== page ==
Fight the Extinction of the Black Male Teacher

Only two percent of American teachers are Black men. Here’s why that’s a problem.

Posted: 04/30/2012 10:37 AM EDT

The teaching profession is having a rough go of it these days. With state budgets drying up in a poor economy, public education is often one of the first to get slashed, and with those cuts go teaching jobs. But even without those firings, some of the most desirable teaching candidates are never becoming teachers in the first place. Behold, the frightening dearth of Black males in American classrooms.

 

According to new data from the Department of Education, Black male teachers and administrators are going the way of the pterodactyl. Of the nation's nearly five million teachers, only 2 percent are African-American men. If this doesn’t seem like a big deal to you, because you think all good teachers are equal, the numbers say you’re wrong. This from New Orleans news station WDSU:

 

"Black male teachers, according to a study by Colorado State University in 2006, not only tend to be firm disciplinarians but also appear to enhance test scores among African-American students, particularly boys."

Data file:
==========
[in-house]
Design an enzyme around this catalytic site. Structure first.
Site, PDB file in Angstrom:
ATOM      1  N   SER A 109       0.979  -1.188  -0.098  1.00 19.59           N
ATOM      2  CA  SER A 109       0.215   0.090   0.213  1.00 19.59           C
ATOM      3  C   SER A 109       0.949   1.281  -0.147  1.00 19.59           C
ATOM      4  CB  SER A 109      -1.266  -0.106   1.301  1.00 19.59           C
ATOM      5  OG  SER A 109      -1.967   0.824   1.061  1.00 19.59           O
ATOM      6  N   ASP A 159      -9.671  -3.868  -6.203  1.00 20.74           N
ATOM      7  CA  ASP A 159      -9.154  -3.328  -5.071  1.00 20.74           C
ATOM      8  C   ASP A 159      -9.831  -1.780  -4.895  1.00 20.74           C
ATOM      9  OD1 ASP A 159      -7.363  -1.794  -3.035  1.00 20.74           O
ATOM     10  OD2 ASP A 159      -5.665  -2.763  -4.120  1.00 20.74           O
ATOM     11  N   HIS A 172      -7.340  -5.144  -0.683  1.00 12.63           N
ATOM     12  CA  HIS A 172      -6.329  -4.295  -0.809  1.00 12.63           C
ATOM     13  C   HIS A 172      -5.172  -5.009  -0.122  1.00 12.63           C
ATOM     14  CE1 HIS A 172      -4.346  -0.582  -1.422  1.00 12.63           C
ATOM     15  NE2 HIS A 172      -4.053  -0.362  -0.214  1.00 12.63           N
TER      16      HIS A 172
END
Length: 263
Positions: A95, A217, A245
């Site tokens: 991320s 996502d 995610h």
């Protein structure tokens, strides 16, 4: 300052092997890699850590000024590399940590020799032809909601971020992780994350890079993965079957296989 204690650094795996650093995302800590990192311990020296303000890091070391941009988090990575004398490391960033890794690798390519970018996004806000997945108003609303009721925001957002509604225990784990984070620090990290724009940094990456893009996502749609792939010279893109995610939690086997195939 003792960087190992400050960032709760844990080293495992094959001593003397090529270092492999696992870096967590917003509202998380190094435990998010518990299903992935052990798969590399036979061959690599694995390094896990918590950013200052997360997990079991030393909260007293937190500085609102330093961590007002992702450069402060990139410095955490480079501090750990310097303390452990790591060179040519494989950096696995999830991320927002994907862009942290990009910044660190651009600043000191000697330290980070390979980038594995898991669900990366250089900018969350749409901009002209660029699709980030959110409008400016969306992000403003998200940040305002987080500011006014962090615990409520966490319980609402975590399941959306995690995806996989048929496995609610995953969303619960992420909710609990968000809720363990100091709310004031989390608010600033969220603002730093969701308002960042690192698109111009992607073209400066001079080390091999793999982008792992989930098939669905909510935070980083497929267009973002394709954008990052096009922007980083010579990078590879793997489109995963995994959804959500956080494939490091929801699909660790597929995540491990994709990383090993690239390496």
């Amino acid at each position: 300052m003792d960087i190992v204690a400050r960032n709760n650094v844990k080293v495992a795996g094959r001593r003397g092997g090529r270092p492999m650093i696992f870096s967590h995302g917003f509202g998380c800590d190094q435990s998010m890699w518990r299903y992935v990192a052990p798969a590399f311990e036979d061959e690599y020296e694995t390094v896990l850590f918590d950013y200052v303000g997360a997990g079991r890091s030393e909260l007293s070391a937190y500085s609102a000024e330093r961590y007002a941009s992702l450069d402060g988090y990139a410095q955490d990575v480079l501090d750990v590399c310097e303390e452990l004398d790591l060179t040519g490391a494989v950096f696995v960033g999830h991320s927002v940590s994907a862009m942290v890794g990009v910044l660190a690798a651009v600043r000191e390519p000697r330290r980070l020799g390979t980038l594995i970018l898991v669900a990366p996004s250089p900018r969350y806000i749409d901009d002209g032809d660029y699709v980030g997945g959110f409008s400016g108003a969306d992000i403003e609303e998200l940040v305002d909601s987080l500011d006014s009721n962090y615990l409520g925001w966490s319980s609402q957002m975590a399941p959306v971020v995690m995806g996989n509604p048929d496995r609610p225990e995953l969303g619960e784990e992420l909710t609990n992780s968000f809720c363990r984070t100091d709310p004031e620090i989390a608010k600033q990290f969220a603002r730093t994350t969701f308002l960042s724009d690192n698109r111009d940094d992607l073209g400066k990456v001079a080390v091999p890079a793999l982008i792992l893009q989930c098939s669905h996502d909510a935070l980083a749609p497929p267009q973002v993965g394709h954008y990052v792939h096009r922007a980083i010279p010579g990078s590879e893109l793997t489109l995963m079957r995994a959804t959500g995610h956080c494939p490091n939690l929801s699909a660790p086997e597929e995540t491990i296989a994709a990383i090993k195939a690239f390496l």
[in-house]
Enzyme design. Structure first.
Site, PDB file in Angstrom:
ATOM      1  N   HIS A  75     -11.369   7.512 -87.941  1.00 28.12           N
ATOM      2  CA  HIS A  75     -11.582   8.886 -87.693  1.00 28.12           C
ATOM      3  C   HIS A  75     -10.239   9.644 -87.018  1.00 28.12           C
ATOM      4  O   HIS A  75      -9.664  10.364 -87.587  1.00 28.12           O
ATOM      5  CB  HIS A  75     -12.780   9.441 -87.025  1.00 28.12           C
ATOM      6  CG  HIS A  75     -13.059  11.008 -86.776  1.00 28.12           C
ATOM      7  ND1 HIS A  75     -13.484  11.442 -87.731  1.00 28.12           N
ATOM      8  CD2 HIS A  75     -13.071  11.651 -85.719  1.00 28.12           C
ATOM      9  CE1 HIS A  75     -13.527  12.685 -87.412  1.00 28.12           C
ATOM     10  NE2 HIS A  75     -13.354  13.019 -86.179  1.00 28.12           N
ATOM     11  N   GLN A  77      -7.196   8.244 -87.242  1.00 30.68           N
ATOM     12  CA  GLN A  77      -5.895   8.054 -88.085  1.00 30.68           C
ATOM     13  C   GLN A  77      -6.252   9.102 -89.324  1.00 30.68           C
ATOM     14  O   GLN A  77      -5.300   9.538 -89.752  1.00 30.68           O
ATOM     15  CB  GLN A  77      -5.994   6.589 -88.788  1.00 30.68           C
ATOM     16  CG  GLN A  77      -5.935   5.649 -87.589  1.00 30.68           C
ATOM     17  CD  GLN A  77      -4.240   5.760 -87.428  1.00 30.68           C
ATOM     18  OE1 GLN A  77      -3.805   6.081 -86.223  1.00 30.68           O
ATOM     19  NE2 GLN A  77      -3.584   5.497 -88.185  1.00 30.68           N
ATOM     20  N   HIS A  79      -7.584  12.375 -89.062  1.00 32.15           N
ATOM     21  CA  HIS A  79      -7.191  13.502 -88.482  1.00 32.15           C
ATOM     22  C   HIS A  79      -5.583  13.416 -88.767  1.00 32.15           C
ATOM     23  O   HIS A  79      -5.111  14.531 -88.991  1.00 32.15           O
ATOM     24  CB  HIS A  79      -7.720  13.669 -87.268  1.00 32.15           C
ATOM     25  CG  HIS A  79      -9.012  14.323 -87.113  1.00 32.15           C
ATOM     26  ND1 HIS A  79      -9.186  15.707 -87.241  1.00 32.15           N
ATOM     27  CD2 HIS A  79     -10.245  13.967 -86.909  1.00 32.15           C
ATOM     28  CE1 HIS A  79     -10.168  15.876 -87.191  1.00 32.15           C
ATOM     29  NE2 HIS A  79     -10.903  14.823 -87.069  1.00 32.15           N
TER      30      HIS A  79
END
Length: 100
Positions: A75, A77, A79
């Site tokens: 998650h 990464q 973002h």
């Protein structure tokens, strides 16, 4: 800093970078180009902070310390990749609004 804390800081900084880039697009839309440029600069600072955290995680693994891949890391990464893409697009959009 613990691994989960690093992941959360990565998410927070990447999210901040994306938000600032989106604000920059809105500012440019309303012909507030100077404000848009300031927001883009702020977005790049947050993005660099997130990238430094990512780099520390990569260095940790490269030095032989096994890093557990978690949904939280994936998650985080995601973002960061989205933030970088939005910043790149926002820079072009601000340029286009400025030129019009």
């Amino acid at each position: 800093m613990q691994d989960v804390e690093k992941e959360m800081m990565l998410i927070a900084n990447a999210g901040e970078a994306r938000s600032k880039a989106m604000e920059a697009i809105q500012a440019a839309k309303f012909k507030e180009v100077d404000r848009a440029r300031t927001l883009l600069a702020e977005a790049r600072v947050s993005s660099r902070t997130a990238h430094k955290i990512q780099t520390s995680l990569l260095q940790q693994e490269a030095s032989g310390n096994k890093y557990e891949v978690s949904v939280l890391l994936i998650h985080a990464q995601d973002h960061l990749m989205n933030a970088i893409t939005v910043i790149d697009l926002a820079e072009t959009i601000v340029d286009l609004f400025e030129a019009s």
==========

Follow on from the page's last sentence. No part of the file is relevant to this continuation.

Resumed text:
The simple fact is that when Black male students can relate to their teachers on a more personal level, it seems as if those students perform better. “When they see us in positions of authority in education, it can motivate them to be better men, be better fathers and do something that is going to take us out of that realm that says, ‘All African-American males are incarcerated, we have children out of wedlock and we don't take care of business.’ And things of that nature,” Michael Booker, a principal in New Orleans, told WDSU.

 

So serious is the lack of Black male educators that Obama’s education secretary, Arne Duncan, has made counteracting it a verbal priority. “As a country we have a huge challenge to make sure many more of our young Black boys are successful,” he told CNN last year. “To get there I’m convinced we have to have more men of color teaching being role models, being mentors.”

 

Some schools have already started heeding Duncan’s call. South Carolina’s Call Me MISTER (Mentors Instructing Students Toward Effective Role models) program educates Black male college students and trains them to become classroom teachers in places throughout South Carolina. The program's results have yet to be tested, but it has convinced several young men to dedicate their lives to teaching, offering some boys in South Carolina the opportunity to look up to a role model and see someone who resembles them.

 

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